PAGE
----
Evaluation of dysuria in adults

Am Fam Physician. 2002 Apr 15;65(8):1589-96.

Abstract

Dysuria, defined as pain, burning, or discomfort on urination, is more common in women than in men. Although urinary tract infection is the most frequent cause of dysuria, empiric treatment with antibiotics is not always appropriate. Dysuria occurs more often in younger women, probably because of their greater frequency of sexual activity. Older men are more likely to have dysuria because of an increased incidence of prostatic hyperplasia with accompanying inflammation and infection. A comprehensive history and physical examination can often reveal the cause of dysuria. Urinalysis may not be needed in healthier patients who have uncomplicated medical histories and symptoms. In most patients, however, urinalysis can help to determine the presence of infection and confirm a suspected diagnosis. Urine cultures and both urethral and vaginal smears and cultures can help to identify sites of infection and causative agents. Coliform organisms, notably Escherichia coli, are the most common pathogens in urinary tract infection. Dysuria can also be caused by noninfectious inflammation or trauma, neoplasm, calculi, hypoestrogenism, interstitial cystitis, or psychogenic disorders. Although radiography and other forms of imaging are rarely needed, these studies may identify abnormalities in the upper urinary tract when symptoms are more complex.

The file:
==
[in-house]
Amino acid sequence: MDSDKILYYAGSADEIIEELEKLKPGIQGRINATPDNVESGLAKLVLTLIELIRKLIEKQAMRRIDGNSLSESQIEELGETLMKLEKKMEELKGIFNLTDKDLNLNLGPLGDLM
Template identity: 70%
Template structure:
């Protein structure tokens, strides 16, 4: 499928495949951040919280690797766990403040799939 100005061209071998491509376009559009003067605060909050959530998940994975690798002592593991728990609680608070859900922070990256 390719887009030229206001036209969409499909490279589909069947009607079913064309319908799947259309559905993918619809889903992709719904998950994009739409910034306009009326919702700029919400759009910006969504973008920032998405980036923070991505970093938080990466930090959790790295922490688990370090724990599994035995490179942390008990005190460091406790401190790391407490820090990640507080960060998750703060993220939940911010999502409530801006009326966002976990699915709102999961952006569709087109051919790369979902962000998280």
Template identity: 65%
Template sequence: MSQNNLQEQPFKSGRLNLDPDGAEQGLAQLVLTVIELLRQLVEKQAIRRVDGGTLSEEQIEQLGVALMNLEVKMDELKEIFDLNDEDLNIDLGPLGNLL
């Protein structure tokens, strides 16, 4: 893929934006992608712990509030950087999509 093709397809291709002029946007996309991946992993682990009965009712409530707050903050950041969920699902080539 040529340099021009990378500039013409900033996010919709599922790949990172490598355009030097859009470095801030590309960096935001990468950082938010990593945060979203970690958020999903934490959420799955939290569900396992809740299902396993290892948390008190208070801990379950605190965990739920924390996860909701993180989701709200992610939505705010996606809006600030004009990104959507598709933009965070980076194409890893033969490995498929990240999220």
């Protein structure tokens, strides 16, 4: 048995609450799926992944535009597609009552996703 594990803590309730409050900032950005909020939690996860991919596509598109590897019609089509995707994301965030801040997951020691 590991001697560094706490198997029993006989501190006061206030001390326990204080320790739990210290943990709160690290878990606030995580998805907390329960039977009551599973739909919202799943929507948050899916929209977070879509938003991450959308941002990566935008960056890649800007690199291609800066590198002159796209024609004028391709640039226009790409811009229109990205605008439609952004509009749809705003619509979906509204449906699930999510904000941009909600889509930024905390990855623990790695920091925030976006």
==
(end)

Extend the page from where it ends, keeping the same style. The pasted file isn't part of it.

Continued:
Publication types

  • Review

MeSH terms

  • Adult
  • Algorithms
  • Diagnosis, Differential
  • Diagnostic Imaging
  • Diagnostic Tests, Routine
  • Female
  • Humans
  • Male
  • Medical History Taking
  • Middle Aged
  • Physical Examination
  • Urinalysis
  • Urinary Tract Infections / complications
  • Urination Disorders / diagnosis*
  • Urination Disorders / etiology*